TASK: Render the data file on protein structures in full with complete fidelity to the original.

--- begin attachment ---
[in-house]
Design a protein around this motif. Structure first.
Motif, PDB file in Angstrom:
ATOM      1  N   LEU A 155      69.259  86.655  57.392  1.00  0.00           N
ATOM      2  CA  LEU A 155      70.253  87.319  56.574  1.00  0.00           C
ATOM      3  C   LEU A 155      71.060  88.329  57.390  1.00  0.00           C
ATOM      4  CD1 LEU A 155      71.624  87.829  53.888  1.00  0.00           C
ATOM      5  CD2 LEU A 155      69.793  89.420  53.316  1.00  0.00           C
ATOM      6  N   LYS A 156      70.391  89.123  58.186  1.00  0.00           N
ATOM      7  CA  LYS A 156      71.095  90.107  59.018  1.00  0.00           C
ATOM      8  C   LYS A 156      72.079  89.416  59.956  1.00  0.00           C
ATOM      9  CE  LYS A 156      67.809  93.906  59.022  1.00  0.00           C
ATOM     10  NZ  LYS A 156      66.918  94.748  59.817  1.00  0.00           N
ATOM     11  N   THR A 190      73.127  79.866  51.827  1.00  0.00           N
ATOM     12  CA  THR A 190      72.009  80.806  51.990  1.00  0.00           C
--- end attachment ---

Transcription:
[in-house]
Design a protein around this motif. Structure first.
Motif, PDB file in Angstrom:
ATOM      1  N   LEU A 155      69.259  86.655  57.392  1.00  0.00           N
ATOM      2  CA  LEU A 155      70.253  87.319  56.574  1.00  0.00           C
ATOM      3  C   LEU A 155      71.060  88.329  57.390  1.00  0.00           C
ATOM      4  CD1 LEU A 155      71.624  87.829  53.888  1.00  0.00           C
ATOM      5  CD2 LEU A 155      69.793  89.420  53.316  1.00  0.00           C
ATOM      6  N   LYS A 156      70.391  89.123  58.186  1.00  0.00           N
ATOM      7  CA  LYS A 156      71.095  90.107  59.018  1.00  0.00           C
ATOM      8  C   LYS A 156      72.079  89.416  59.956  1.00  0.00           C
ATOM      9  CE  LYS A 156      67.809  93.906  59.022  1.00  0.00           C
ATOM     10  NZ  LYS A 156      66.918  94.748  59.817  1.00  0.00           N
ATOM     11  N   THR A 190      73.127  79.866  51.827  1.00  0.00           N
ATOM     12  CA  THR A 190      72.009  80.806  51.990  1.00  0.00           C